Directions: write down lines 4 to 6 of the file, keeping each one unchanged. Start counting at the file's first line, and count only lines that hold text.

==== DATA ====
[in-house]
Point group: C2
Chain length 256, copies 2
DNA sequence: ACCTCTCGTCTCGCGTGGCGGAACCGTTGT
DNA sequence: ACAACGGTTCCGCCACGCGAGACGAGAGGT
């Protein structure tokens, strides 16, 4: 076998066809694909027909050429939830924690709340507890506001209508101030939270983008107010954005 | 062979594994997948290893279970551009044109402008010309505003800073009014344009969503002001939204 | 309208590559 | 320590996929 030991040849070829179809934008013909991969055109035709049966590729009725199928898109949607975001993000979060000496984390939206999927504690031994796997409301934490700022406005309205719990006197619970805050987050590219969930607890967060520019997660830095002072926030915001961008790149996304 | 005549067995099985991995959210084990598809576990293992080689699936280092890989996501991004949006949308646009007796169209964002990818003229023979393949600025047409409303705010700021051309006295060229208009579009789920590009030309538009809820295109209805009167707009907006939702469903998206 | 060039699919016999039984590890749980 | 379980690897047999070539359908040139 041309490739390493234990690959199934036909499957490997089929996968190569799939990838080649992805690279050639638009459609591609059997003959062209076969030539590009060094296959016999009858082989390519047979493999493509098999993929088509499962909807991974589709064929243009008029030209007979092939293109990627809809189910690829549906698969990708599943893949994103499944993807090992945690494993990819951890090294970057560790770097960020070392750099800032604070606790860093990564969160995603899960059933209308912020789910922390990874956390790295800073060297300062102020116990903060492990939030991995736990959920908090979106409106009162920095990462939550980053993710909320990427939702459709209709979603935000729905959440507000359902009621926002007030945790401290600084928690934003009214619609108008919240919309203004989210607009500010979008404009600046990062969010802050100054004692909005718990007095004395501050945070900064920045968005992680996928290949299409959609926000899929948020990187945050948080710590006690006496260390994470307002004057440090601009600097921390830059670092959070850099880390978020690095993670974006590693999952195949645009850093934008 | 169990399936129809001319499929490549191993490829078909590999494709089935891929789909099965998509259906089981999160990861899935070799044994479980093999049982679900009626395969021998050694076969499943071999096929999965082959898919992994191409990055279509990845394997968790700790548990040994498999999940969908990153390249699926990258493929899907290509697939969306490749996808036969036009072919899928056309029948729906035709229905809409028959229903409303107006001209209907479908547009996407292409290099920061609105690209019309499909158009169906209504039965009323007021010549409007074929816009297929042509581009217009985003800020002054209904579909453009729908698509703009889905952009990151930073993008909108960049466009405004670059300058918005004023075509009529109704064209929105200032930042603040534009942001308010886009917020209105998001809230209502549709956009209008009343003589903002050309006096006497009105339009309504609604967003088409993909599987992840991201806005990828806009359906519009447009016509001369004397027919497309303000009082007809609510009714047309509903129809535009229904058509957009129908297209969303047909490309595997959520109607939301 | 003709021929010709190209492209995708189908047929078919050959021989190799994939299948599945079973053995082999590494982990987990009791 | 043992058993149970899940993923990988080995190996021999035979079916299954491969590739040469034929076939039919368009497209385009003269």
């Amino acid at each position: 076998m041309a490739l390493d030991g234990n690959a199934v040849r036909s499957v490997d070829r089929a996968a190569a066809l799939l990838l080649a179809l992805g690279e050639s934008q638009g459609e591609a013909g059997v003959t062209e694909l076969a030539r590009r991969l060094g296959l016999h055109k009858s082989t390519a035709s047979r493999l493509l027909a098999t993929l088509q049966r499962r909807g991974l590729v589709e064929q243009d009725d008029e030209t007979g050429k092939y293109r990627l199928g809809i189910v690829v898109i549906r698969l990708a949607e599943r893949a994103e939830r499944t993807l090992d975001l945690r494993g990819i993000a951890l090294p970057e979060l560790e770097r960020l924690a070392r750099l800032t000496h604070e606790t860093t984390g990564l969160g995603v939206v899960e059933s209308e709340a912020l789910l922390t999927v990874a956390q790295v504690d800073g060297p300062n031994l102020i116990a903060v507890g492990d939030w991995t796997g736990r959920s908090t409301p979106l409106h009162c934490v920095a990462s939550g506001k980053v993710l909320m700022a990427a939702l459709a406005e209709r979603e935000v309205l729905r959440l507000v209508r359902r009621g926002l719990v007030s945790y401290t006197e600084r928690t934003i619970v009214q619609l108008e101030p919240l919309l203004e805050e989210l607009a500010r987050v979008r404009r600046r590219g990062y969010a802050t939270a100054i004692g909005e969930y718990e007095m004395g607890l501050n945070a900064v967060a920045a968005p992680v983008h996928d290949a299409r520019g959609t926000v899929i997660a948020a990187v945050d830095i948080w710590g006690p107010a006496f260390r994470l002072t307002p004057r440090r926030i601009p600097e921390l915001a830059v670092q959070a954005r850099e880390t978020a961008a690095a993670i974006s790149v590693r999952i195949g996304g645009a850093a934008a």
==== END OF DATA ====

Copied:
DNA sequence: ACCTCTCGTCTCGCGTGGCGGAACCGTTGT
DNA sequence: ACAACGGTTCCGCCACGCGAGACGAGAGGT
């Protein structure tokens, strides 16, 4: 076998066809694909027909050429939830924690709340507890506001209508101030939270983008107010954005 | 062979594994997948290893279970551009044109402008010309505003800073009014344009969503002001939204 | 309208590559 | 320590996929 030991040849070829179809934008013909991969055109035709049966590729009725199928898109949607975001993000979060000496984390939206999927504690031994796997409301934490700022406005309205719990006197619970805050987050590219969930607890967060520019997660830095002072926030915001961008790149996304 | 005549067995099985991995959210084990598809576990293992080689699936280092890989996501991004949006949308646009007796169209964002990818003229023979393949600025047409409303705010700021051309006295060229208009579009789920590009030309538009809820295109209805009167707009907006939702469903998206 | 060039699919016999039984590890749980 | 379980690897047999070539359908040139 041309490739390493234990690959199934036909499957490997089929996968190569799939990838080649992805690279050639638009459609591609059997003959062209076969030539590009060094296959016999009858082989390519047979493999493509098999993929088509499962909807991974589709064929243009008029030209007979092939293109990627809809189910690829549906698969990708599943893949994103499944993807090992945690494993990819951890090294970057560790770097960020070392750099800032604070606790860093990564969160995603899960059933209308912020789910922390990874956390790295800073060297300062102020116990903060492990939030991995736990959920908090979106409106009162920095990462939550980053993710909320990427939702459709209709979603935000729905959440507000359902009621926002007030945790401290600084928690934003009214619609108008919240919309203004989210607009500010979008404009600046990062969010802050100054004692909005718990007095004395501050945070900064920045968005992680996928290949299409959609926000899929948020990187945050948080710590006690006496260390994470307002004057440090601009600097921390830059670092959070850099880390978020690095993670974006590693999952195949645009850093934008 | 169990399936129809001319499929490549191993490829078909590999494709089935891929789909099965998509259906089981999160990861899935070799044994479980093999049982679900009626395969021998050694076969499943071999096929999965082959898919992994191409990055279509990845394997968790700790548990040994498999999940969908990153390249699926990258493929899907290509697939969306490749996808036969036009072919899928056309029948729906035709229905809409028959229903409303107006001209209907479908547009996407292409290099920061609105690209019309499909158009169906209504039965009323007021010549409007074929816009297929042509581009217009985003800020002054209904579909453009729908698509703009889905952009990151930073993008909108960049466009405004670059300058918005004023075509009529109704064209929105200032930042603040534009942001308010886009917020209105998001809230209502549709956009209008009343003589903002050309006096006497009105339009309504609604967003088409993909599987992840991201806005990828806009359906519009447009016509001369004397027919497309303000009082007809609510009714047309509903129809535009229904058509957009129908297209969303047909490309595997959520109607939301 | 003709021929010709190209492209995708189908047929078919050959021989190799994939299948599945079973053995082999590494982990987990009791 | 043992058993149970899940993923990988080995190996021999035979079916299954491969590739040469034929076939039919368009497209385009003269």